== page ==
By: Steven Homestead, Story Architect
At New Years, millions of us around the globe spend a few minutes focusing on a clock to mark an exact time. We also turn our attention to calendars, pinning up new versions with pictures of puppies or scrolling further ahead in our smartphone apps. Of course, times and dates are still important to us throughout the year, whether we’re scheduling coffee hangouts, updating project deadlines, or penciling in video game release dates. But now, as we focus on the changing year, it gives us an opportunity to look at time, and how visualizing it helps us to make it meaningful, in a world filled with all sorts of data and busyness.
Part of human nature is developing meaning through experience—as we touch, taste, smell, hear, and see the world around us—then comparing, contrasting, and synthesizing these experiences to make decisions going forward. As a Story Architect, I help make data meaningful through some powerful tools often found in such creations as books, magazines, movies, symphonies, or paintings, including those tools of visual hierarchy, narration, chronology, and symbolism. In explaining these tools, time is a prime example I use to reveal how visual hierarchy and symbolism make data meaningful. Considering the quantum or philosophical views of time can take us down the rabbit hole into abstract and esoteric thought, but looking at time in our day-to-day lives, we find that across the globe people use circles, squares, and numbers to create visual systems of collectable, trackable, and meaningful data.
We are so familiar with seeing and using clocks and calendars that they might have lost their novelty and ability to amaze us. These visual technologies developed over time (pun intended), helping us function and plan to very precise degrees. Organizing sequences, applying a rhythm to them, and forming them into a circle or grid are examples of how visual elements (size, pattern, shape, etc.) can create something that has greater meaning and usefulness. These data visualizations help us conceptualize segments of our own lives. They help us make decisions.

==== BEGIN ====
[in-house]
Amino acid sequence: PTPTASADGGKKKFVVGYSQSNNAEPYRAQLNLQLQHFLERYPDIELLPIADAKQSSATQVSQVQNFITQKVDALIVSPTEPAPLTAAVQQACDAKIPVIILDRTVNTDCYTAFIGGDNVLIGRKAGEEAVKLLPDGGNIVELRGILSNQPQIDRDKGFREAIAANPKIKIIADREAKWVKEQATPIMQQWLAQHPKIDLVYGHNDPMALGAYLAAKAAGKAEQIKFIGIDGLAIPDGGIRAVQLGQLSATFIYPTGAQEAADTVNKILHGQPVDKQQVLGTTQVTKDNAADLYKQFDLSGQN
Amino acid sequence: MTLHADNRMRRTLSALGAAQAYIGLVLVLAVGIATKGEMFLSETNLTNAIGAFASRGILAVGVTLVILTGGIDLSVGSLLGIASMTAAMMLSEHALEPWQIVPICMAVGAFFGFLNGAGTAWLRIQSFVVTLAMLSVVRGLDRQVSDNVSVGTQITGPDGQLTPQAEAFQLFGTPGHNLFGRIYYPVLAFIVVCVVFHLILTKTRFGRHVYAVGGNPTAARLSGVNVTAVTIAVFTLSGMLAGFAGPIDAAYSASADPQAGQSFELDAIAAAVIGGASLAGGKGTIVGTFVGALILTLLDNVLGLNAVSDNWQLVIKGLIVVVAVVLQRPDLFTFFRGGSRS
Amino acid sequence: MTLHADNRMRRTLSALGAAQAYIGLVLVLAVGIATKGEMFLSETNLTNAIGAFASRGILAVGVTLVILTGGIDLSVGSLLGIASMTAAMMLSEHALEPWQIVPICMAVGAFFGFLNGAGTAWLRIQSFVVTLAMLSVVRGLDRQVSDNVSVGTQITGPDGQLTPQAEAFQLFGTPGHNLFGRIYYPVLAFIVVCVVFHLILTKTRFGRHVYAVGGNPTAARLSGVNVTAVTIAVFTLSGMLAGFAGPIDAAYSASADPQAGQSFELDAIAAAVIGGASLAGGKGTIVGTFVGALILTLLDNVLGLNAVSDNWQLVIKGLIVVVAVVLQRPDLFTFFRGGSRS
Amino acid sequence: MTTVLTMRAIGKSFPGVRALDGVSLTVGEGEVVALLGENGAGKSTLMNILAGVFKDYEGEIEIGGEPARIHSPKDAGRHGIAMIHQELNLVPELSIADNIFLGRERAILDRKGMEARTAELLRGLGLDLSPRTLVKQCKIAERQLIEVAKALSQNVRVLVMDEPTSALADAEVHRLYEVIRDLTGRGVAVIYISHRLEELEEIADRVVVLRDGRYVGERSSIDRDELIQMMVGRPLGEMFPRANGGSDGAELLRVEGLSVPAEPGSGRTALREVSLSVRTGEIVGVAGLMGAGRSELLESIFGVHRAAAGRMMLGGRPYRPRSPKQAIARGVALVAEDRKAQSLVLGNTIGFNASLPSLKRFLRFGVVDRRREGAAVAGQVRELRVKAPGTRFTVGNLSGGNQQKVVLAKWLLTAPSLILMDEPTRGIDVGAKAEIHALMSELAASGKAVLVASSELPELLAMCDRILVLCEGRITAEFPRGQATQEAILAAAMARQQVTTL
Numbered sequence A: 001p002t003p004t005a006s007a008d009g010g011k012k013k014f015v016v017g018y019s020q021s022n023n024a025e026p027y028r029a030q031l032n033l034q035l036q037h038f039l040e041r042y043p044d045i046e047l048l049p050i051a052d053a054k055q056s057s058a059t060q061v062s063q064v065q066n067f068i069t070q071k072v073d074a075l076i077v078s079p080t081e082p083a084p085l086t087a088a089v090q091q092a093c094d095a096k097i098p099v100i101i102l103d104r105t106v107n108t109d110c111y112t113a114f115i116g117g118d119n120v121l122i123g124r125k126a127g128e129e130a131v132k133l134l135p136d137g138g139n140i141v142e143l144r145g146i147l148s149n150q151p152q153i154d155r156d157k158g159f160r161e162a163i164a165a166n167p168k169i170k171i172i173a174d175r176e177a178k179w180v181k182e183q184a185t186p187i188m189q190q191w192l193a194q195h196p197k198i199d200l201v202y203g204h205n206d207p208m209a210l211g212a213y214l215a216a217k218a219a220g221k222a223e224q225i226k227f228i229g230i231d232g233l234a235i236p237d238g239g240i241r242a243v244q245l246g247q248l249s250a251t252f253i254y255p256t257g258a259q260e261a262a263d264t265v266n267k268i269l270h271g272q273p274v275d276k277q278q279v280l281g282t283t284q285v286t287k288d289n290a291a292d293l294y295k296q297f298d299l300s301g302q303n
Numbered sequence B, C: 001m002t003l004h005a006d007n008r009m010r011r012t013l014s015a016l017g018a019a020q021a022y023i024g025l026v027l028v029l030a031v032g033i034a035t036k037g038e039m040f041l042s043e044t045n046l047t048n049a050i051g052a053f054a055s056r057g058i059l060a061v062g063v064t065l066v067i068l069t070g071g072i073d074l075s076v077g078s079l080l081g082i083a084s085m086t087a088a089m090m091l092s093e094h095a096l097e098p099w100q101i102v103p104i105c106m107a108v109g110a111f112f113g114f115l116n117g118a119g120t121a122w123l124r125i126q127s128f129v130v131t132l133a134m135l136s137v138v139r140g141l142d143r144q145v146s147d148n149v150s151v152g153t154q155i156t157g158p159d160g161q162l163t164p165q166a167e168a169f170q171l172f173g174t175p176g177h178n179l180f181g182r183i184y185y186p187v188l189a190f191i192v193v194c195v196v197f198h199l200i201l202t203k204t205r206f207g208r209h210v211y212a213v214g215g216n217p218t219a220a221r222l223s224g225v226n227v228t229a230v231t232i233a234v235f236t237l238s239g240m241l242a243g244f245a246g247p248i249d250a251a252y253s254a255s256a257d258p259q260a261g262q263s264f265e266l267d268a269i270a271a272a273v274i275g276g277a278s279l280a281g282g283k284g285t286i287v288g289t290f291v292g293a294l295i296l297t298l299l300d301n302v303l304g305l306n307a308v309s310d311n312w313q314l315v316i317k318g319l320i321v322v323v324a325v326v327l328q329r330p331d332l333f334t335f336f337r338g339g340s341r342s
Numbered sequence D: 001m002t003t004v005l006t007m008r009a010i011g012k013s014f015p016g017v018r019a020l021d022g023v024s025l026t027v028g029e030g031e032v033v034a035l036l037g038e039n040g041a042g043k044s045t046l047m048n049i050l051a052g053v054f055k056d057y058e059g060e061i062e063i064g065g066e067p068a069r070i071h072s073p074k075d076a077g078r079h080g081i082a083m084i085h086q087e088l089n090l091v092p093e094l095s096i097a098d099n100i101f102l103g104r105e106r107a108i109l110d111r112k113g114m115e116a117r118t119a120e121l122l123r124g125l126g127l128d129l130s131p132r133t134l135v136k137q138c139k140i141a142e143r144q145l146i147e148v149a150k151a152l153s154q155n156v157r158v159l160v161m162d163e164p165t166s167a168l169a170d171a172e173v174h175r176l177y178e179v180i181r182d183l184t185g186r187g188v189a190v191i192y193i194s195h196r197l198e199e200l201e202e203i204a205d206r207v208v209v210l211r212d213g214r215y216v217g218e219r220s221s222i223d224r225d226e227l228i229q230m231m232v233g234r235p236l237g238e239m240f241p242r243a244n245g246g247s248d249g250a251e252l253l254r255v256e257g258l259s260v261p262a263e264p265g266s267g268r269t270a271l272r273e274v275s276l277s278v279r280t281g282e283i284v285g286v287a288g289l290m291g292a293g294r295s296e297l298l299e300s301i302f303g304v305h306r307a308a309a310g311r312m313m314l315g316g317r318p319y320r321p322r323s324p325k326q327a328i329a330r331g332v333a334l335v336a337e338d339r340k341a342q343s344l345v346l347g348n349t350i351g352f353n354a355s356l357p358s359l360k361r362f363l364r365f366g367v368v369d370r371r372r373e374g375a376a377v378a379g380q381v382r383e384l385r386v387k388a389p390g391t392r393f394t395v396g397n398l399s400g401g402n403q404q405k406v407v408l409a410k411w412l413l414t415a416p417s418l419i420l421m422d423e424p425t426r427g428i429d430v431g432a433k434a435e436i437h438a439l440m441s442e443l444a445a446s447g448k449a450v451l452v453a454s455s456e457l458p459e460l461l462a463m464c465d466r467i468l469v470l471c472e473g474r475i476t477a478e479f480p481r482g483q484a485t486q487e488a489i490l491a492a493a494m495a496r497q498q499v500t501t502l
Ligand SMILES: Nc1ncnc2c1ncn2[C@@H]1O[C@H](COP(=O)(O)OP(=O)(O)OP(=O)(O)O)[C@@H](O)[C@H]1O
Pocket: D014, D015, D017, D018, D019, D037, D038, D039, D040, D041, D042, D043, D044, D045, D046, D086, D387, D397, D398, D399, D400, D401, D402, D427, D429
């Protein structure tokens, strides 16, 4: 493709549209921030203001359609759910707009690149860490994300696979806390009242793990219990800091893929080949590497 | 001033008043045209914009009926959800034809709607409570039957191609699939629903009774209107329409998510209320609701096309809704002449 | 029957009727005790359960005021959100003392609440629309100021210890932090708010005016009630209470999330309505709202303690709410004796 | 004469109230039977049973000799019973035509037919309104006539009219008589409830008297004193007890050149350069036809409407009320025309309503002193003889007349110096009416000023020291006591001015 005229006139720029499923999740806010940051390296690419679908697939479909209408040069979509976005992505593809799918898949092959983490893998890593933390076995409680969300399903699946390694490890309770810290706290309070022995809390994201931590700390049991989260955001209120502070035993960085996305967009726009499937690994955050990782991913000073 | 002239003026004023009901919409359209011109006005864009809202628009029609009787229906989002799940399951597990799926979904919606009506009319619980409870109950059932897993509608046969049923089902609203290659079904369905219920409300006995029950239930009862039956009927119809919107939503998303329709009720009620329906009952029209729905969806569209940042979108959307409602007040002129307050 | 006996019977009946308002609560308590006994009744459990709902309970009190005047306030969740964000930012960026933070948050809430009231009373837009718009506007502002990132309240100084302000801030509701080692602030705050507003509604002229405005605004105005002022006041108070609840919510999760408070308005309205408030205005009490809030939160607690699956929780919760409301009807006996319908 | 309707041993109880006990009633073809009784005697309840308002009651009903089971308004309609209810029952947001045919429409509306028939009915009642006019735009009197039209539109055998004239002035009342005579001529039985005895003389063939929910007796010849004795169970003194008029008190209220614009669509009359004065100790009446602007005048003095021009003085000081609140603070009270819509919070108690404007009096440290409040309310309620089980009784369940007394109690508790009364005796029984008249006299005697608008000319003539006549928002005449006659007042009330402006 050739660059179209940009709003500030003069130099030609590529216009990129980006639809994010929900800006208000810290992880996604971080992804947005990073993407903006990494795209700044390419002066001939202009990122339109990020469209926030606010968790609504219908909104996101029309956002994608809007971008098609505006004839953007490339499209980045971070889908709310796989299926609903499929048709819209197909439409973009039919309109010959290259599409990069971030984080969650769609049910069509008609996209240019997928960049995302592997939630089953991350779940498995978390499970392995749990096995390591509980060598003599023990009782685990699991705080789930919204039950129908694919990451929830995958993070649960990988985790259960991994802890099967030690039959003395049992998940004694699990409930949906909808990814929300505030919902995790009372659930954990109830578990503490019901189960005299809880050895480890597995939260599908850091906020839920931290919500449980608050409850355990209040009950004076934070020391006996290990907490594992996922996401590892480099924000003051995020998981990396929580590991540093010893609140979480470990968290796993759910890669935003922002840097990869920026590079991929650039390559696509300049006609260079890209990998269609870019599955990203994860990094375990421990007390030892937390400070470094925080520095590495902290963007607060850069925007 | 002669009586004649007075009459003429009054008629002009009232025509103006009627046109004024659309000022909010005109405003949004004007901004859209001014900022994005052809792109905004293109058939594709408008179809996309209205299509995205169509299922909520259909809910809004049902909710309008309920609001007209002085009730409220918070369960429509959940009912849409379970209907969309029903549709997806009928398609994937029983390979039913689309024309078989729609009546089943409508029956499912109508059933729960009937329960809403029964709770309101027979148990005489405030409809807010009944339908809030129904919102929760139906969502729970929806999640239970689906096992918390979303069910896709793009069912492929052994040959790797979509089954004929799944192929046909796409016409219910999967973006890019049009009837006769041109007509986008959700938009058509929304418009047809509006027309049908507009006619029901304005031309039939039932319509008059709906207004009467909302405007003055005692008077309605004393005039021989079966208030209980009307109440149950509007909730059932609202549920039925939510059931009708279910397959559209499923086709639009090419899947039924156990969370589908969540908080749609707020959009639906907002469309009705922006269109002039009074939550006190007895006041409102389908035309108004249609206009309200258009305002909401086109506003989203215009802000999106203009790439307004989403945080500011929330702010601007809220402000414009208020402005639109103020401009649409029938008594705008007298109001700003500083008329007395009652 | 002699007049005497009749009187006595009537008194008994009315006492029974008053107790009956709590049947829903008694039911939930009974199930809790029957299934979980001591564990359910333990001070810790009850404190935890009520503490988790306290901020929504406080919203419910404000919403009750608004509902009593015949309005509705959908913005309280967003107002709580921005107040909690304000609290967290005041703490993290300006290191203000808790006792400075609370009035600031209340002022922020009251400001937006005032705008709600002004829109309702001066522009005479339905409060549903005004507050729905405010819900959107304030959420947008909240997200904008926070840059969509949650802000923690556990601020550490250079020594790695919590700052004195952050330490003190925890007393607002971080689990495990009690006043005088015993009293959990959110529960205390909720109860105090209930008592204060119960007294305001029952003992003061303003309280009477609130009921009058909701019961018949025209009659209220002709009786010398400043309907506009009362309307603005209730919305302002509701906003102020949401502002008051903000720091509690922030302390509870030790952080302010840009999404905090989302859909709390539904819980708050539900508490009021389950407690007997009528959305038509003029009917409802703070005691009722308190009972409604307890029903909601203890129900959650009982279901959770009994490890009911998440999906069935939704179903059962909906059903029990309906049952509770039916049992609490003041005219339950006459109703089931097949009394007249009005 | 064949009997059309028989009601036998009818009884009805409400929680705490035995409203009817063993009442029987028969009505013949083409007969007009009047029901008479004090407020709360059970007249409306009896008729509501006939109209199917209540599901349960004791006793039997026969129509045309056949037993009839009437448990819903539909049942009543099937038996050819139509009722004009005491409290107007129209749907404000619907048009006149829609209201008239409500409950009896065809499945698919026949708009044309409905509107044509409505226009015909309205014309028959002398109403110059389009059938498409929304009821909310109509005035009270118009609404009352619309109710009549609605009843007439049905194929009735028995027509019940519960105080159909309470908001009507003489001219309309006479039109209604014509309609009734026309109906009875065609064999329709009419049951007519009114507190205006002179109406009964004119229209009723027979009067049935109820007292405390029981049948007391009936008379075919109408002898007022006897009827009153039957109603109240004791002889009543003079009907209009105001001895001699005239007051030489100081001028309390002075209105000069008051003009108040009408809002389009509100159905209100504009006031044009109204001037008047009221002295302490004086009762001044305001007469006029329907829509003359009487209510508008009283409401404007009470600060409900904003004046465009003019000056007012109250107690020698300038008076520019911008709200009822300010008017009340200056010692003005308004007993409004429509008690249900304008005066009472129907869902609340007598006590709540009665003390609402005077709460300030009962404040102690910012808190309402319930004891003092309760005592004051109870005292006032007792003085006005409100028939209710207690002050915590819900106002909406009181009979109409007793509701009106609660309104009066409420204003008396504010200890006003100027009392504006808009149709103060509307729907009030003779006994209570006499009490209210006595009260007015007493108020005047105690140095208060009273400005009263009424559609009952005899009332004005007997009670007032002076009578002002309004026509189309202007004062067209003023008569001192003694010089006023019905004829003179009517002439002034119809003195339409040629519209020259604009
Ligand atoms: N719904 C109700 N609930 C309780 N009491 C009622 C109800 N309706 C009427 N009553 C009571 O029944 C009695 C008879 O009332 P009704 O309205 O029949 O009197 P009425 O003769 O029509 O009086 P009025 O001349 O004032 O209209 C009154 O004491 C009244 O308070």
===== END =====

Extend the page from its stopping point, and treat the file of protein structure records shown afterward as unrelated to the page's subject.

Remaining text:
These simple visuals, for instance, mean that we can plan for where we will be and when—a powerful ability! A few centuries ago, you might have been waiting by the trading post for the next delivery of medicine from St. Louis, not knowing exactly when the wagon carrying it would arrive. Thanks to timepieces and train schedules, the global concept of time, clocks, and travel were aligned in such a way so that you could know when a shipment would come in, even to the minute. This is a pretty remarkable and un-sung development from the 1800s that we will continue to benefit from, even as carrying timepieces increased our ability to be and feel “late.”
So as we count down to the New Year, let’s remember to look around and take stock of how meaning is applied to all sorts of data. The opportunities we have with data collection go beyond simply knowing numbers or statistics, to understanding the meaning within data to help us make decisions and take action. Time might be a construct that we’ve given a face to, but by doing so, we’ve opened up a way to form it, collect it, and make actionable meaning of it in a global, visual way. It’s meaningful data visualization, on display in the form of clocks and calendars. Have a happy, healthy, meaningful, and visual New Year!